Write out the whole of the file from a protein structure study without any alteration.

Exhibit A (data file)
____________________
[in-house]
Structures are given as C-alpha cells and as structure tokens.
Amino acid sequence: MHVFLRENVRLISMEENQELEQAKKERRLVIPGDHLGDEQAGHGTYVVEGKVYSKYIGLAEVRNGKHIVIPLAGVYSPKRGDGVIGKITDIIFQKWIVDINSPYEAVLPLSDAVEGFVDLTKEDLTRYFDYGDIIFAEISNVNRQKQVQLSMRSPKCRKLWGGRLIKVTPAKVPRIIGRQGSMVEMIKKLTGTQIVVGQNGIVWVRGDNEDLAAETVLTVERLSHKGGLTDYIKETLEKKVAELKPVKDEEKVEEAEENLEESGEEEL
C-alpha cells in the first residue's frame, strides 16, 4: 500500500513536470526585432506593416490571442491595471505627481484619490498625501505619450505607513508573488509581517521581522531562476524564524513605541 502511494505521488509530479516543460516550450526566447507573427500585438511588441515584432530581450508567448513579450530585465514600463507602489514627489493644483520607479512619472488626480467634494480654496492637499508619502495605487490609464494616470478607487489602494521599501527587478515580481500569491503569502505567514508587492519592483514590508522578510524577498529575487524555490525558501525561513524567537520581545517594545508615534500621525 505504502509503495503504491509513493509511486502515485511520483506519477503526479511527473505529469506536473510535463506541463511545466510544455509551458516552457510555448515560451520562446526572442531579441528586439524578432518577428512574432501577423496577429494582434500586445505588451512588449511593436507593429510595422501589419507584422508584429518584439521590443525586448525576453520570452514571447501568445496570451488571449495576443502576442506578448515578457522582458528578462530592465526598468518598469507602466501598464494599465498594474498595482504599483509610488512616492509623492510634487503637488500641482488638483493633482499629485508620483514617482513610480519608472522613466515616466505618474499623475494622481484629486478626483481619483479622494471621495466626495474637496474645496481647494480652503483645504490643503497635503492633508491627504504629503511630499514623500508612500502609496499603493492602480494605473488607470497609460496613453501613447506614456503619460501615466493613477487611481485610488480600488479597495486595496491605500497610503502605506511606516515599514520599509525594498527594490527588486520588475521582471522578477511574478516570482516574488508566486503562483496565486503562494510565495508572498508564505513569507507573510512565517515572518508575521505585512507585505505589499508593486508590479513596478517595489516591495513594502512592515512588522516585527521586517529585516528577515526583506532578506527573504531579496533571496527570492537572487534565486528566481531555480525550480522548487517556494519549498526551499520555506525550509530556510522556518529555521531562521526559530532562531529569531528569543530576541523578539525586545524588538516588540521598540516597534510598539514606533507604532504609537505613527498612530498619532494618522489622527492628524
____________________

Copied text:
[in-house]
Structures are given as C-alpha cells and as structure tokens.
Amino acid sequence: MHVFLRENVRLISMEENQELEQAKKERRLVIPGDHLGDEQAGHGTYVVEGKVYSKYIGLAEVRNGKHIVIPLAGVYSPKRGDGVIGKITDIIFQKWIVDINSPYEAVLPLSDAVEGFVDLTKEDLTRYFDYGDIIFAEISNVNRQKQVQLSMRSPKCRKLWGGRLIKVTPAKVPRIIGRQGSMVEMIKKLTGTQIVVGQNGIVWVRGDNEDLAAETVLTVERLSHKGGLTDYIKETLEKKVAELKPVKDEEKVEEAEENLEESGEEEL
C-alpha cells in the first residue's frame, strides 16, 4: 500500500513536470526585432506593416490571442491595471505627481484619490498625501505619450505607513508573488509581517521581522531562476524564524513605541 502511494505521488509530479516543460516550450526566447507573427500585438511588441515584432530581450508567448513579450530585465514600463507602489514627489493644483520607479512619472488626480467634494480654496492637499508619502495605487490609464494616470478607487489602494521599501527587478515580481500569491503569502505567514508587492519592483514590508522578510524577498529575487524555490525558501525561513524567537520581545517594545508615534500621525 505504502509503495503504491509513493509511486502515485511520483506519477503526479511527473505529469506536473510535463506541463511545466510544455509551458516552457510555448515560451520562446526572442531579441528586439524578432518577428512574432501577423496577429494582434500586445505588451512588449511593436507593429510595422501589419507584422508584429518584439521590443525586448525576453520570452514571447501568445496570451488571449495576443502576442506578448515578457522582458528578462530592465526598468518598469507602466501598464494599465498594474498595482504599483509610488512616492509623492510634487503637488500641482488638483493633482499629485508620483514617482513610480519608472522613466515616466505618474499623475494622481484629486478626483481619483479622494471621495466626495474637496474645496481647494480652503483645504490643503497635503492633508491627504504629503511630499514623500508612500502609496499603493492602480494605473488607470497609460496613453501613447506614456503619460501615466493613477487611481485610488480600488479597495486595496491605500497610503502605506511606516515599514520599509525594498527594490527588486520588475521582471522578477511574478516570482516574488508566486503562483496565486503562494510565495508572498508564505513569507507573510512565517515572518508575521505585512507585505505589499508593486508590479513596478517595489516591495513594502512592515512588522516585527521586517529585516528577515526583506532578506527573504531579496533571496527570492537572487534565486528566481531555480525550480522548487517556494519549498526551499520555506525550509530556510522556518529555521531562521526559530532562531529569531528569543530576541523578539525586545524588538516588540521598540516597534510598539514606533507604532504609537505613527498612530498619532494618522489622527492628524